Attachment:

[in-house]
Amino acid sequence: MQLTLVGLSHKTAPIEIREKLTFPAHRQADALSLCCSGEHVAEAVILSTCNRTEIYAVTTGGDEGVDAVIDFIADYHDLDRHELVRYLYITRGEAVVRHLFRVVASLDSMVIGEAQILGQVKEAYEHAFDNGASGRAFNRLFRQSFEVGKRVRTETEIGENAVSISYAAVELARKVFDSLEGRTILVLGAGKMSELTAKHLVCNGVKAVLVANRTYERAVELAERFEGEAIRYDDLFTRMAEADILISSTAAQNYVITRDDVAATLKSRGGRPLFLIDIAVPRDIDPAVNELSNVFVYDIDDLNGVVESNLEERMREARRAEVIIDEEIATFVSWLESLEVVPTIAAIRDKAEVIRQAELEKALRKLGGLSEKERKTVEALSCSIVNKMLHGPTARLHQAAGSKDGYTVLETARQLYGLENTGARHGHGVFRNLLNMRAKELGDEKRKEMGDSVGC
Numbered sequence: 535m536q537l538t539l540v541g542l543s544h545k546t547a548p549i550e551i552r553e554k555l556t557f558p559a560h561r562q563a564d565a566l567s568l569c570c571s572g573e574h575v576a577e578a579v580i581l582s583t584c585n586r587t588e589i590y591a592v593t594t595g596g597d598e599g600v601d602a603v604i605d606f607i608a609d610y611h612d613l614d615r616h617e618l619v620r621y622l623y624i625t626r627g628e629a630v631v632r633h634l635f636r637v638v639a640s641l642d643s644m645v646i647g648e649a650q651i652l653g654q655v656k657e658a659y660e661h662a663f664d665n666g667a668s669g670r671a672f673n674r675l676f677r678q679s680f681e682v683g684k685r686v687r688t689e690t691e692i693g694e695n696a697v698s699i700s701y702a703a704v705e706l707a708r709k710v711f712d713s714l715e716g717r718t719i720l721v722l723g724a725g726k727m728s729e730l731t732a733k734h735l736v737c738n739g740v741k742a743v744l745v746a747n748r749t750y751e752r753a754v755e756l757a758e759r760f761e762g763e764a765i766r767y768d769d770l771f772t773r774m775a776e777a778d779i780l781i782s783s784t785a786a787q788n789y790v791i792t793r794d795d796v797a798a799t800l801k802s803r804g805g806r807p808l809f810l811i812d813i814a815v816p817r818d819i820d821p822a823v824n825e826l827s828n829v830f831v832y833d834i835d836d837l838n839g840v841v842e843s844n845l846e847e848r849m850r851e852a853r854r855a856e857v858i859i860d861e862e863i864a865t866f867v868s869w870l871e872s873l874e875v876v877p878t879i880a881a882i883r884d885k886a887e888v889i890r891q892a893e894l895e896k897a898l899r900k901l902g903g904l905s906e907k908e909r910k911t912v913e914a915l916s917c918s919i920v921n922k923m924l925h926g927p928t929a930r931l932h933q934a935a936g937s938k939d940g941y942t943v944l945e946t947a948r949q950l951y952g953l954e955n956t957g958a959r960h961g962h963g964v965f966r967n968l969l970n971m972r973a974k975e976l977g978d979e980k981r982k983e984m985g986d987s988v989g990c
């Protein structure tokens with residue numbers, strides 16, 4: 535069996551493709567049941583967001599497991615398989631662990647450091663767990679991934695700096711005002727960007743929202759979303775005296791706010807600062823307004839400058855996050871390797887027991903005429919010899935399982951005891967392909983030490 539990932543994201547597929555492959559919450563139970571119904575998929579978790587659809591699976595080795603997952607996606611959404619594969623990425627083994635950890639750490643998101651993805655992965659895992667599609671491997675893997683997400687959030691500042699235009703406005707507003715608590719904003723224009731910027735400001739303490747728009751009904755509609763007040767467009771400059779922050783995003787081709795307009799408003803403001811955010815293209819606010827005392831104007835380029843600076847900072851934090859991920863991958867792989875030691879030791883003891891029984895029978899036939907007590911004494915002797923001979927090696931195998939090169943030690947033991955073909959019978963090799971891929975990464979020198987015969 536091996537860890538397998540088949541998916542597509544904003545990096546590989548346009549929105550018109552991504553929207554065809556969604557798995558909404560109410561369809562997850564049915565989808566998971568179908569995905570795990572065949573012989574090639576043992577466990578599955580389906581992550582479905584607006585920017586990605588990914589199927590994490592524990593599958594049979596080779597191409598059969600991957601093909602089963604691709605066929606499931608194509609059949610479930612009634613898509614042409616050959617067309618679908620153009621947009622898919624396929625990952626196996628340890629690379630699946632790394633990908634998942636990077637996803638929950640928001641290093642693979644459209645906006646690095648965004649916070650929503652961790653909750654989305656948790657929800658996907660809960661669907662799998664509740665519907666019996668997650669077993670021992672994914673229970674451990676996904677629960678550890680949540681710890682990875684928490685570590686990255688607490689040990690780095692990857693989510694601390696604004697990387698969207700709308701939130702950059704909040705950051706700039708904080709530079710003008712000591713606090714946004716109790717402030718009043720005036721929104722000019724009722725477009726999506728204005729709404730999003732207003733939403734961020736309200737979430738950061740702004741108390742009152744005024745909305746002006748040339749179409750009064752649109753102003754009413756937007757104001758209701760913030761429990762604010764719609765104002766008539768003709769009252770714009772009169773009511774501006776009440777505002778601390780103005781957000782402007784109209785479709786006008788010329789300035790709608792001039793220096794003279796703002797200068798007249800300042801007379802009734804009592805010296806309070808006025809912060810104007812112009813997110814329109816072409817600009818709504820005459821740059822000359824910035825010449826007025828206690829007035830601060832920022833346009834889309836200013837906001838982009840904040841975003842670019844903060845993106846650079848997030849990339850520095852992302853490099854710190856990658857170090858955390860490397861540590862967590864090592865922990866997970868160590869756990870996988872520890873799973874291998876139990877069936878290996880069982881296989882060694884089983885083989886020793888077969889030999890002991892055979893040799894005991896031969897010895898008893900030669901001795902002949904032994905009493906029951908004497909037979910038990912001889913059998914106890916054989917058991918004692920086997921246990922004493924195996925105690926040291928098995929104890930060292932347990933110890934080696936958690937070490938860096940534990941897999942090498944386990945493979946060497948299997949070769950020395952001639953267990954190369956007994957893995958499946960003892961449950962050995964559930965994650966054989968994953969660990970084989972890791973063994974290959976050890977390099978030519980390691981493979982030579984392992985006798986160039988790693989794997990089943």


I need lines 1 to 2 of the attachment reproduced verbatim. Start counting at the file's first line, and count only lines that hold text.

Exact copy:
[in-house]
Amino acid sequence: MQLTLVGLSHKTAPIEIREKLTFPAHRQADALSLCCSGEHVAEAVILSTCNRTEIYAVTTGGDEGVDAVIDFIADYHDLDRHELVRYLYITRGEAVVRHLFRVVASLDSMVIGEAQILGQVKEAYEHAFDNGASGRAFNRLFRQSFEVGKRVRTETEIGENAVSISYAAVELARKVFDSLEGRTILVLGAGKMSELTAKHLVCNGVKAVLVANRTYERAVELAERFEGEAIRYDDLFTRMAEADILISSTAAQNYVITRDDVAATLKSRGGRPLFLIDIAVPRDIDPAVNELSNVFVYDIDDLNGVVESNLEERMREARRAEVIIDEEIATFVSWLESLEVVPTIAAIRDKAEVIRQAELEKALRKLGGLSEKERKTVEALSCSIVNKMLHGPTARLHQAAGSKDGYTVLETARQLYGLENTGARHGHGVFRNLLNMRAKELGDEKRKEMGDSVGC